Pauca Verba is Latin for A Few Words.

Sunday, May 3, 2015

Mary's Garden


Forget Me Not ~ Mary's Eyes


The poet Gerard Manley Hopkins calls The Virgin Mary the air we breathe. Perhaps another way of saying it is Mary creates an atmosphere around Jesus: humility, quiet reflection, maternal love, the clean heart of the Gospels, living in God's Word, endurance and fidelity, praise and faith. 

Prior to the Protestant Reformation all flowers in Europe had Marian names celebrating some aspect or virtue of the Mother of Jesus. Mary Gardens were planted to celebrate and keep that atmospheric sense sensually alive! 

The Medieval poem-prayer to the Virgin Mary: O Maria virgo pia - which accompanies the flower images here,  is sung by the group Anonymous 4. The group's name Anonymous suggests that the praises matter, not who the singers are. Here is the English translation of the Latin: 

O pious Virgin Mary,
full of the grace of God,
you are called Star of the Sea
giving comfort by your light.

Christ's body,

which you have truly carried in your womb,
is hallowed so that through it 
the serpent is completely doomed.

This is the body, O Mary,

born by you as virgin,
with which you were pregnant,
pious virgin, by the Holy Ghost.

This is the flesh

nailed to the yoke of the cross;
after its crucifixion it rose 
and returned life to the world.

Let us now praise 

Mary's wonderful Son
and sing this song
to the King of all kings.









14 comments:

  1. This is a most beautiful tribute to the Blessed Virgin and her lovely garden flowers. It tickles all my senses. I can even smell the flowers as they float by on the screen.

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  2. Isn't it great! Imagine a culture that loved her so much they even named the flowers after her!

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    1. And many still love and revere her today!

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  3. Thank you for casting these common flowers in a new light. When I see patch of Foxglove, I will imagine lying among the flowers enveloped by Mary's warm glove and feel her love surround me. I feel at peace already.

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  4. Gorgeous and splendidly done Father. I also am happy to see that your cover photo has Mary surrounded by many of these flowers. Is this your own garden to honor her?

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    1. Yes, but if I had it to do over again I'd make it much bigger. It's a raised bed with stone walls. But her image is all over the retreat house property - inside and out. The whole place belongs to her. The Chapel has two titles: Chapel of the Incarnation AND Mother of God, Searcher of the Lost.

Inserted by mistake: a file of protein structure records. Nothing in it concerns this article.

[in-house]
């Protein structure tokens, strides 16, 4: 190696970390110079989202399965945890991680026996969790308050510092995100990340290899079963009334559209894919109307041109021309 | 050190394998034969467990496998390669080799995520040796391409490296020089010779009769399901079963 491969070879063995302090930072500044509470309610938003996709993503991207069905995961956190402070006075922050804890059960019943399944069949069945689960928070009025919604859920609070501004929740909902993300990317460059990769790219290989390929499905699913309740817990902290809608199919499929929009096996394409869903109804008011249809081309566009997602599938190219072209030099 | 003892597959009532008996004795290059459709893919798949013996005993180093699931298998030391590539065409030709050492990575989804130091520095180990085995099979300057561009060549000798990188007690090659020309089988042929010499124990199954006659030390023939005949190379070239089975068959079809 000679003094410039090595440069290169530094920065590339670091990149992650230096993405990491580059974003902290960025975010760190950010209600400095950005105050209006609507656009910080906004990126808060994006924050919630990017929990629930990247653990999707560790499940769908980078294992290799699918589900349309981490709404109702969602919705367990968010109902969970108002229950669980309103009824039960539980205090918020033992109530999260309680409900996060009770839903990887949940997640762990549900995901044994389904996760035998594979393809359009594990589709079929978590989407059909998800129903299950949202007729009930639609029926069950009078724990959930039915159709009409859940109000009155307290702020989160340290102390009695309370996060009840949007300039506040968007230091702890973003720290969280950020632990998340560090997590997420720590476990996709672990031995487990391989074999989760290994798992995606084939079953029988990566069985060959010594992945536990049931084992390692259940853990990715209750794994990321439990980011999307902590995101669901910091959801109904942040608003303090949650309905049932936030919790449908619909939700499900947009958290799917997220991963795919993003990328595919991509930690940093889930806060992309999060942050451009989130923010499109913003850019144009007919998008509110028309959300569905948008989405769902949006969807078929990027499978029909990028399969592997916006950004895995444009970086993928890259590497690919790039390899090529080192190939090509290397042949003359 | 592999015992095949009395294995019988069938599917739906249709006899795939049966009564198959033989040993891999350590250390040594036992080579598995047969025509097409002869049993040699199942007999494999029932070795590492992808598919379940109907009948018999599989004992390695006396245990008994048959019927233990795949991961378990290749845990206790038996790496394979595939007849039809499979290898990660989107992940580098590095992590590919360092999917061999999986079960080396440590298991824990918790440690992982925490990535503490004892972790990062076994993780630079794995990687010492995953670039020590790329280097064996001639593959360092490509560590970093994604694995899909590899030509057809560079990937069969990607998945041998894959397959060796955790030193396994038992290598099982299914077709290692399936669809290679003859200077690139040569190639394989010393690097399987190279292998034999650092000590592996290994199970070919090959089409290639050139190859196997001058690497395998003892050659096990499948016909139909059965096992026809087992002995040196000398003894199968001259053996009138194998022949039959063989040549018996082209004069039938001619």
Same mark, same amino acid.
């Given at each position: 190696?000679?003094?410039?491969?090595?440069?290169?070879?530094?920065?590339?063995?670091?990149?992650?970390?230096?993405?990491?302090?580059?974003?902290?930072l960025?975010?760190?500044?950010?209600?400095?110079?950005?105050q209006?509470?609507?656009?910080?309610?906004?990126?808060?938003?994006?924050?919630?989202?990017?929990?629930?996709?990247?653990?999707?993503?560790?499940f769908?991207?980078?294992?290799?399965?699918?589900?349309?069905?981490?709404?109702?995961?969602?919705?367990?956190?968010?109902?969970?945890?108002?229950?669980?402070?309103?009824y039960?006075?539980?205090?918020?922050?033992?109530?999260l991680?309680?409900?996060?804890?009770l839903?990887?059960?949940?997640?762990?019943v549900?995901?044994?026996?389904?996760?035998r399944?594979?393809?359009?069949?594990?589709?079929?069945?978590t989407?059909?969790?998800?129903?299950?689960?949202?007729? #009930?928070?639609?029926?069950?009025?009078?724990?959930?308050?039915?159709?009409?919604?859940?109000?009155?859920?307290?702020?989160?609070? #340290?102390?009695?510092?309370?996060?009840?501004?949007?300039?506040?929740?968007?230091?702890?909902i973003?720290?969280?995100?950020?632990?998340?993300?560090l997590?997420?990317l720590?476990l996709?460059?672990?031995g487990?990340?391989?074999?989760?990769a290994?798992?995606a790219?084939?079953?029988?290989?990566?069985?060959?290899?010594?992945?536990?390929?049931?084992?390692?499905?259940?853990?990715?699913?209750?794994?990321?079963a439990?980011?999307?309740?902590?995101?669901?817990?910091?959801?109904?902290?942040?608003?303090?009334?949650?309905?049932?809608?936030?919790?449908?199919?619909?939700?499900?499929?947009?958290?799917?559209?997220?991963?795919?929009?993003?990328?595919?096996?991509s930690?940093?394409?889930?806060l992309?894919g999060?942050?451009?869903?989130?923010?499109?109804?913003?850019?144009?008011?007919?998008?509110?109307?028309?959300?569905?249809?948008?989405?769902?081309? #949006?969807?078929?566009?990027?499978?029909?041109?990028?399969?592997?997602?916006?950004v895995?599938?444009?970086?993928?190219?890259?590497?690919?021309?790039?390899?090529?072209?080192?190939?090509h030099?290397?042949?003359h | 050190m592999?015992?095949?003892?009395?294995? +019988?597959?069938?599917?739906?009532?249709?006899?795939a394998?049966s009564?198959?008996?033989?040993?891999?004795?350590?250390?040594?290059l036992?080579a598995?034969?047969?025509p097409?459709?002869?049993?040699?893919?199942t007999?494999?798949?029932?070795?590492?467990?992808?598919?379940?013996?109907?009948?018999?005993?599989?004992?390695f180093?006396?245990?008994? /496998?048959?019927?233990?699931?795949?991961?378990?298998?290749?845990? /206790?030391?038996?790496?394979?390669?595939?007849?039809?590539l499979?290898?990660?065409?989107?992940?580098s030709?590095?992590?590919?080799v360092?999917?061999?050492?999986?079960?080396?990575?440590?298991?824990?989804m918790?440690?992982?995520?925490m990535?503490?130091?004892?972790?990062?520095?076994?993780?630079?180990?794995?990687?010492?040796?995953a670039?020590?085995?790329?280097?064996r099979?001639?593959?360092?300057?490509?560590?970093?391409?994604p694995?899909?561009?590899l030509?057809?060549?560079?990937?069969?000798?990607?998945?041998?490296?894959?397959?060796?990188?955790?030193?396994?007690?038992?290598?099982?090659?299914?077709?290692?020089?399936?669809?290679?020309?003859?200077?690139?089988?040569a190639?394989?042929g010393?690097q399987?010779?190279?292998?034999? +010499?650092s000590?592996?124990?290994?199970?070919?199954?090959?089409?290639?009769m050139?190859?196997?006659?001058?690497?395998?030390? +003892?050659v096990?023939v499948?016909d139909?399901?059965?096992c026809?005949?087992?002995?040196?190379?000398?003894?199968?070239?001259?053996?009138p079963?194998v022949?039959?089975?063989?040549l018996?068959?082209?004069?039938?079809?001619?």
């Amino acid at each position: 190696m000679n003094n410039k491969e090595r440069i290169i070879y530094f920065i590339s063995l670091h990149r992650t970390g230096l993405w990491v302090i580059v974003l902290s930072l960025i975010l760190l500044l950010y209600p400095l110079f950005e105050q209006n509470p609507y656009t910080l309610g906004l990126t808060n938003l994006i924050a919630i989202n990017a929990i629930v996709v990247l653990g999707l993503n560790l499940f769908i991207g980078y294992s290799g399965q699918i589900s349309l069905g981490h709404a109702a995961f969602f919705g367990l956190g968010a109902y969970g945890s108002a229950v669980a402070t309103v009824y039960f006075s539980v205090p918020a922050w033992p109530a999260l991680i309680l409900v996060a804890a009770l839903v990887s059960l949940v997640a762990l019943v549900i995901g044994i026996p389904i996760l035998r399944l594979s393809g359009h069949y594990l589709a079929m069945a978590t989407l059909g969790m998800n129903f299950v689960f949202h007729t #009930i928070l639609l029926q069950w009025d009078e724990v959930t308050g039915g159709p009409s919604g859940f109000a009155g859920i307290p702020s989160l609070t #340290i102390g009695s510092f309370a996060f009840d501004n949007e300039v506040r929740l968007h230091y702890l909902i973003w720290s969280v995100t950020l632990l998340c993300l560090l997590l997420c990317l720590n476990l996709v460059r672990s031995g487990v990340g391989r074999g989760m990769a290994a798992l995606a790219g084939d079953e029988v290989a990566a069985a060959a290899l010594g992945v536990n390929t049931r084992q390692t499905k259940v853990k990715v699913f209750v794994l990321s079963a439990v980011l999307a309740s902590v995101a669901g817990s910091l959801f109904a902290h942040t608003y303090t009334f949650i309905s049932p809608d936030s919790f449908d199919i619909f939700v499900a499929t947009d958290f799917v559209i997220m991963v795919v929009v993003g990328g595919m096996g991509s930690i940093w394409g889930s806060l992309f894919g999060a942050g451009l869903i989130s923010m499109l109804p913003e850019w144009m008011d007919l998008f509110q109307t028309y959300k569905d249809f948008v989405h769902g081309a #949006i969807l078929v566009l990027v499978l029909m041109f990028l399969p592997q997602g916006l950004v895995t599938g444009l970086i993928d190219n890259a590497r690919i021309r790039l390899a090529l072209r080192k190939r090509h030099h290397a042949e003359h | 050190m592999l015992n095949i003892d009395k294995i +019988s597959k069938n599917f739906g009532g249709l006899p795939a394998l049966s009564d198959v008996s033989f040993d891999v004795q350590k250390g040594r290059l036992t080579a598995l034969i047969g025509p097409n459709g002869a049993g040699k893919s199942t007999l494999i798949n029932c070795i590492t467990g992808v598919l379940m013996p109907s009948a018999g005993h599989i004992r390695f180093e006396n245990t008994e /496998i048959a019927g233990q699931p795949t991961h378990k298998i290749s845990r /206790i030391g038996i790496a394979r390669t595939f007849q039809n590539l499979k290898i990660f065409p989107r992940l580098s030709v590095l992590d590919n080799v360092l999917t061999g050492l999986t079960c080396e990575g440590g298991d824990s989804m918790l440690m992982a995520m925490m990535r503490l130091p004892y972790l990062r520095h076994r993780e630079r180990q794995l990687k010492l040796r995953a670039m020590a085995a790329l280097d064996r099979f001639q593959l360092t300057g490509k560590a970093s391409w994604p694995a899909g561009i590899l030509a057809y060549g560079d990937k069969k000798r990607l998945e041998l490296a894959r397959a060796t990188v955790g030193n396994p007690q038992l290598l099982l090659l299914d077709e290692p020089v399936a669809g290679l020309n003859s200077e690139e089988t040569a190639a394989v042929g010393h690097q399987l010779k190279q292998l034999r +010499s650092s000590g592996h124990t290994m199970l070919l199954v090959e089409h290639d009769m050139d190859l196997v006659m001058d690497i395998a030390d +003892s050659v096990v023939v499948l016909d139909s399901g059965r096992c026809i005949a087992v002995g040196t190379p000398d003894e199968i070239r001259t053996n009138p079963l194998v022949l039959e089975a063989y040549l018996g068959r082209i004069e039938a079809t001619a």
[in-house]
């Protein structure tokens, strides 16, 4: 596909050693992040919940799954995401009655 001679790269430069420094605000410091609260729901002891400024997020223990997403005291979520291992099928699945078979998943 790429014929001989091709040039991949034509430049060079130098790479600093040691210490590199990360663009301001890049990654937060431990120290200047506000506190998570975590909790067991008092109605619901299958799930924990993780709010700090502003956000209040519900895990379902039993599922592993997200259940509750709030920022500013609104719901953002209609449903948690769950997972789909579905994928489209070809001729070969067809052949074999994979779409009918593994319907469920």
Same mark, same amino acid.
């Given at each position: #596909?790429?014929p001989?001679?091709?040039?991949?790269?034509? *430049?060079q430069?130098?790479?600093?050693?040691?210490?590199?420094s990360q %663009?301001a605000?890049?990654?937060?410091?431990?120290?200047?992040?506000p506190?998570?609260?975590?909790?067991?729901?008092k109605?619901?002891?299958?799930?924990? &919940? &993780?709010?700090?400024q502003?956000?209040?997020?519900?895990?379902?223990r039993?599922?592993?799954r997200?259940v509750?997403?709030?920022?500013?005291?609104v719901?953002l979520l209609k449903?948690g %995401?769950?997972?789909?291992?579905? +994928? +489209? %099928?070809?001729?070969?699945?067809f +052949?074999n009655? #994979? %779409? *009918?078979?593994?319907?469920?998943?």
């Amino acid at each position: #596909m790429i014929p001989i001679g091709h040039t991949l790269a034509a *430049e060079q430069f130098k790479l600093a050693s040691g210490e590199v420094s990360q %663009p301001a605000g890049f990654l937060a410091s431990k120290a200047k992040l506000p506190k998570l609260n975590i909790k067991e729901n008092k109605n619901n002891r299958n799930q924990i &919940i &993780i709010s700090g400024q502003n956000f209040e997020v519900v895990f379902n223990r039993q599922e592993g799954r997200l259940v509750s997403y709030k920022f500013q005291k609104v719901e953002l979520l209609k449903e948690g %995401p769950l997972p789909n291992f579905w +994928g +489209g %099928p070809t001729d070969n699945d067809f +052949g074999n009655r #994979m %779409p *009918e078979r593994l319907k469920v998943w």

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  5. In Medieval times the faithful saw Mary's attributes in flowers growing around them, naming them after her, so your choice of hymn is very fitting. Legends about the flowers developed as people sought to connect them with events from Mary's life and are quite interesting to read. They tell of the beauty and miracles associated with our Blessed Mother.

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    1. Is there a particular book you're thinking that relates these legends? Folks would be very interested.

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    2. There is a wonderful book called Mary's Flowers - Gardens Legends and Meditations by Vicenzina Krymow. I purchased it years ago when I was interested in creating a small Mary's Garden. There may be other books. -Kristina

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  6. Some of the images seem to glow and radiate such beauty. I never knew these flowers had been named for Mary. It makes them all the more special.

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  7. Okay, I'll admit it. I'm a simple gardener. No green thumb on this girl. But I happen to LOVE flowers. So, early in the springtime, I venture to Agway to buy a couple dozen petite marigolds in cracked, green, plastic containers. Yellow, orange, yellow, orange, yel (you get the idea.) This is one flower (truthfully the ONLY one) that I have had success growing. But, at second glance...what a special flower she is! The flower I grow is named after Mary! And what lovely similarities there are. Marigolds love bright rays of sunshine. Full sun even. Their wealth of gold, copper, and brass hues make me think of Mary's crown. Some varities have a fantastic aroma. French marigolds are elegant and eye-catching - their flowers demure. These hearty and cheerful flowers bloom brightly all of spring and summer, and continue to spread joy into autumn along my home's walkway. I can just imagine it. Every time I leave my home and then return, I will now take more time to savor the brilliant colors lining my path, and think of Mary. What a way to begin and end the day! What joy! My Walks With Mary. Now isn't that a lovely thought?

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  8. I enjoy these posts so much Father Stephen. Not only did I learn something new, I feel a connection to the Blessed Virgin and can think about her through these beautiful flowers. I was waling past a planter of Morning Glory for sale and picked it up with thoughts of how lovely it was to feel surrounded by Our Lady's Mantle.

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  9. Adrienne LytellMay 9, 2015 at 4:06 PM

    I just came across this video and thought how lovely it was. Having to see where it came from, I discovered your blog and will be sure to visit often. Beautifully done.

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